It is shocking that a court has proclaimed a state attorney general ineligible to prosecute crime, but this isn’t the only “shock” presented by this case.
The State of Texas v. Stephens ruling was an 8-to-1 decision made by a Republican court. Of course, statewide election to office in Texas is difficult without an “R” by your name. The term “RINO” doesn’t exist for nothing and it would seem a group of new examples has emerged.
The eight judges voting to remove the Attorney General from election integrity prosecutions were Presiding Judge Sharon Keller plus Judges Barbara Hervey, Bert Richardson, David Newell, Mary Lou Keel, Scott Walker, Michelle Slaughter and Jesse McClure III. The only dissent came from Judge Kevin Yeary. And thank you, Judge Yeary, for that!
In his column, Salcedo discussed how “stealth left-wingers have been running in Texas elections for years” and lamented conservatives having “learned the lesson the hard way” that “Republican” is not necessarily synonymous with “conservative” or “originalist.” He’s certainly right about that.
And there’s another troubling aspect of this decision. It was handed down on Dec. 15, two days after the candidate filing period for the March 2022 primary ended. Three of the judges, Keel, McClure and Walker, are up for re-election and only one, Walker, faces a primary opponent. Might this action have been purposefully timed to escape a primary challenge backlash in light of the ruling?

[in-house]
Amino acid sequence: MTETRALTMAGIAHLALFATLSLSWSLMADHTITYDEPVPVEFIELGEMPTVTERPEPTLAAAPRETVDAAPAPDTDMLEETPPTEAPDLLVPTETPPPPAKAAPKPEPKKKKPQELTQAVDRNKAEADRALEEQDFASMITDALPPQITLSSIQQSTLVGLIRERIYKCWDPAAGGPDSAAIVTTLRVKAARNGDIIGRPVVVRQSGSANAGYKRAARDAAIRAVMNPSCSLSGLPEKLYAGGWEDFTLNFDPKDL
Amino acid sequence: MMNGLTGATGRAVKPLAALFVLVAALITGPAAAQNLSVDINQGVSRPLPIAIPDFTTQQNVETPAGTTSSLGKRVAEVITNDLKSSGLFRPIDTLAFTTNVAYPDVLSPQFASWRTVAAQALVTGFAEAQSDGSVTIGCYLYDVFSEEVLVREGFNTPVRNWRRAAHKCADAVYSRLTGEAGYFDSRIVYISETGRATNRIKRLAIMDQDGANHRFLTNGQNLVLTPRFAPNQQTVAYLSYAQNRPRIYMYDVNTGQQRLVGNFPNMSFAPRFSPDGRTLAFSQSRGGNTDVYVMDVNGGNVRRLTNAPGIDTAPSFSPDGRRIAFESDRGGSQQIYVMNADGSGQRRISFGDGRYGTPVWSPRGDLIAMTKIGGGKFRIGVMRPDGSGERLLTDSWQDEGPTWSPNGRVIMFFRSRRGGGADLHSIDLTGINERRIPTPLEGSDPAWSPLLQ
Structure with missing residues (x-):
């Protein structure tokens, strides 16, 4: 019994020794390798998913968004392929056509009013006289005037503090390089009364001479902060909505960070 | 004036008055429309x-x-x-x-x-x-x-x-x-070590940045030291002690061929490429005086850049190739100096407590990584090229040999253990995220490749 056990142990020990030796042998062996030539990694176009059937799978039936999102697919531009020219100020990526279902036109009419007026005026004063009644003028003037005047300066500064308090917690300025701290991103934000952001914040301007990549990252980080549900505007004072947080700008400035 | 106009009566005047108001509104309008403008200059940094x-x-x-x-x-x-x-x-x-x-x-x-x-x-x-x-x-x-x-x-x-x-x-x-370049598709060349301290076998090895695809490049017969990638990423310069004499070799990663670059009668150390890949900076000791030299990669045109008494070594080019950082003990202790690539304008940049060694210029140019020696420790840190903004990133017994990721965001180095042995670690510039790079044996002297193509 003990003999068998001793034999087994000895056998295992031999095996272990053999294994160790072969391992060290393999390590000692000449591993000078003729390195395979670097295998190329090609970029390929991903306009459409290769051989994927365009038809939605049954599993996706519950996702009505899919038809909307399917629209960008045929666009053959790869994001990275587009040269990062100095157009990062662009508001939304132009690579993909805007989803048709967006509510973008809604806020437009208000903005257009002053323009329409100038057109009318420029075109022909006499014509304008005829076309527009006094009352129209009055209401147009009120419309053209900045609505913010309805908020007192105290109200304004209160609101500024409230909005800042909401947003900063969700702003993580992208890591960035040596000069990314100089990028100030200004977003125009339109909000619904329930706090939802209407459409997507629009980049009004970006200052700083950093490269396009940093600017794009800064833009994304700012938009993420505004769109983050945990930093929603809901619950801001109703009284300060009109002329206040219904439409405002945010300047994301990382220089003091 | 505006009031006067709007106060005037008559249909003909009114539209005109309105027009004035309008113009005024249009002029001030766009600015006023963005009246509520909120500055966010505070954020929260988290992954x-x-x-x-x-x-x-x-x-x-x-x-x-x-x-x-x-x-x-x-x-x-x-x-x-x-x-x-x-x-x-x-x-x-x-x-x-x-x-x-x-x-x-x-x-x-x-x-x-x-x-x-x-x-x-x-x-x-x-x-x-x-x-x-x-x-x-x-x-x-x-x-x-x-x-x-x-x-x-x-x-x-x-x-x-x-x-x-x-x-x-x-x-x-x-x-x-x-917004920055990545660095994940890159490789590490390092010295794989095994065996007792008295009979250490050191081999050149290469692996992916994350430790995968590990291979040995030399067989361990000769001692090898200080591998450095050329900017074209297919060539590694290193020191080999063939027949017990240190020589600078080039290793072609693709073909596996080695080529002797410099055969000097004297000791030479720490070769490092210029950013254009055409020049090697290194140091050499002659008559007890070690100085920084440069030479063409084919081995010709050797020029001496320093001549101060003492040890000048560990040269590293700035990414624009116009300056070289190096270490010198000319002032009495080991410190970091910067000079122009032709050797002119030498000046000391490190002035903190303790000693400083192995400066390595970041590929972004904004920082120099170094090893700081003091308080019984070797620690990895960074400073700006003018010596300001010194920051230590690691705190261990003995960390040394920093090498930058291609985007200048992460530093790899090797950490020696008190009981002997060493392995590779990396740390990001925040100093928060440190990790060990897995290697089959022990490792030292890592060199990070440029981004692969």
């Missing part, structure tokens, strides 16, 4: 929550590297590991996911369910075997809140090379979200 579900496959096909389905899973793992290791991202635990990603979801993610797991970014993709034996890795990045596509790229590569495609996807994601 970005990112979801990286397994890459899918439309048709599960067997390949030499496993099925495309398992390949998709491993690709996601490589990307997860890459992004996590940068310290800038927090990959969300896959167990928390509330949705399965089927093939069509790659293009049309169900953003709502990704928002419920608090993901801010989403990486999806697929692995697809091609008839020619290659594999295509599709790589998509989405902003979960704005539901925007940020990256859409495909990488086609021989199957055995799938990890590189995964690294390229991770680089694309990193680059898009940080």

Attorney General Ken Paxton suspects as much. He discussed that and other concerns regarding the ruling in a recent appearance on War Room Pandemic. Paxton specifically cited that as local district attorneys – many in office with help from George Soros-affiliated PACs – refuse to prosecute certain classes of crimes (including election integrity), this ruling opens the door to voter fraud or other election-related crime going completely unchecked.
This case was also a topic of conversation this morning on Austin’s Talk Radio 1370 AM with Cardle & Woolley.
The integrity of our elections must be protected and the invitation for illegal voting and other irregularities as created by this ruling cannot be allowed to stand. Paxton has filed a motion for rehearing, but meanwhile other action can be taken legislatively.
Citizens should encourage their legislators to support a constitutional amendment restoring the Attorney General’s prosecutorial power over election law violations while Gov. Abbott should call a special session to specifically focus on this issue.
New attention must also be given to courts such as the Court of Criminal Appeals and the Texas Supreme Court. Conservatives must develop a robust vetting program to identify judicial candidates who want an (R) beside their names as something more than a marketing ploy.
Democrats have long been strategizing on how to “turn Texas blue.” Who would have predicted that a questionable ruling by eight “Republican” judges might ultimately hand over such a victory?
Lou Ann Anderson worked in central Texas talk radio as both a host and producer and currently hostsPolitical Pursuits: The Podcast. Her tenure as Watchdog Wire–Texas editor involved covering state news and coordinating the site’s citizen journalist network. As a past Policy Analyst with Americans for Prosperity–Texas, Lou Ann wrote and spoke on a variety of issues including the growing issue of probate abuse in which wills, trusts, guardianships and powers of attorney are used to loot assets from intended heirs or beneficiaries.